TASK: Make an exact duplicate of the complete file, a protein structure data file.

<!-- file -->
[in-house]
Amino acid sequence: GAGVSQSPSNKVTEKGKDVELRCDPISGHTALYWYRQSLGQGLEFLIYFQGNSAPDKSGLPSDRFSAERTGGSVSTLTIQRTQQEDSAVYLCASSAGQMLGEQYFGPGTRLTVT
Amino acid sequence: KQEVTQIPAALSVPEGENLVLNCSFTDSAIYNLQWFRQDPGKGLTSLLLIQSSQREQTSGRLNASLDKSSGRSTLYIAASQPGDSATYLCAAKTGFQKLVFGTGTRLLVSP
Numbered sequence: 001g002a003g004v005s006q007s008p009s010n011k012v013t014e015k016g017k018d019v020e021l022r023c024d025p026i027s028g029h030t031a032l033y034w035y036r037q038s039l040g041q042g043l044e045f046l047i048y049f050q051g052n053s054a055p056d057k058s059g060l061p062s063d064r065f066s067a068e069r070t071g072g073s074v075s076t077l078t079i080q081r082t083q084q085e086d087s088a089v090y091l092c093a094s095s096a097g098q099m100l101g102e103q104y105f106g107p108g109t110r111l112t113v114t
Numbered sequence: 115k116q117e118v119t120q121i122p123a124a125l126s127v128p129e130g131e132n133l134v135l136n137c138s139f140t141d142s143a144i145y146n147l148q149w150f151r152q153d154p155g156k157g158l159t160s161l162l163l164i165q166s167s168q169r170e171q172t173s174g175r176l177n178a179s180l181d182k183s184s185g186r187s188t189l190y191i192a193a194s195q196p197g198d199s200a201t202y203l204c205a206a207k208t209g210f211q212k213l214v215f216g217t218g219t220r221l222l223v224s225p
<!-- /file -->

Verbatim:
[in-house]
Amino acid sequence: GAGVSQSPSNKVTEKGKDVELRCDPISGHTALYWYRQSLGQGLEFLIYFQGNSAPDKSGLPSDRFSAERTGGSVSTLTIQRTQQEDSAVYLCASSAGQMLGEQYFGPGTRLTVT
Amino acid sequence: KQEVTQIPAALSVPEGENLVLNCSFTDSAIYNLQWFRQDPGKGLTSLLLIQSSQREQTSGRLNASLDKSSGRSTLYIAASQPGDSATYLCAAKTGFQKLVFGTGTRLLVSP
Numbered sequence: 001g002a003g004v005s006q007s008p009s010n011k012v013t014e015k016g017k018d019v020e021l022r023c024d025p026i027s028g029h030t031a032l033y034w035y036r037q038s039l040g041q042g043l044e045f046l047i048y049f050q051g052n053s054a055p056d057k058s059g060l061p062s063d064r065f066s067a068e069r070t071g072g073s074v075s076t077l078t079i080q081r082t083q084q085e086d087s088a089v090y091l092c093a094s095s096a097g098q099m100l101g102e103q104y105f106g107p108g109t110r111l112t113v114t
Numbered sequence: 115k116q117e118v119t120q121i122p123a124a125l126s127v128p129e130g131e132n133l134v135l136n137c138s139f140t141d142s143a144i145y146n147l148q149w150f151r152q153d154p155g156k157g158l159t160s161l162l163l164i165q166s167s168q169r170e171q172t173s174g175r176l177n178a179s180l181d182k183s184s185g186r187s188t189l190y191i192a193a194s195q196p197g198d199s200a201t202y203l204c205a206a207k208t209g210f211q212k213l214v215f216g217t218g219t220r221l222l223v224s225p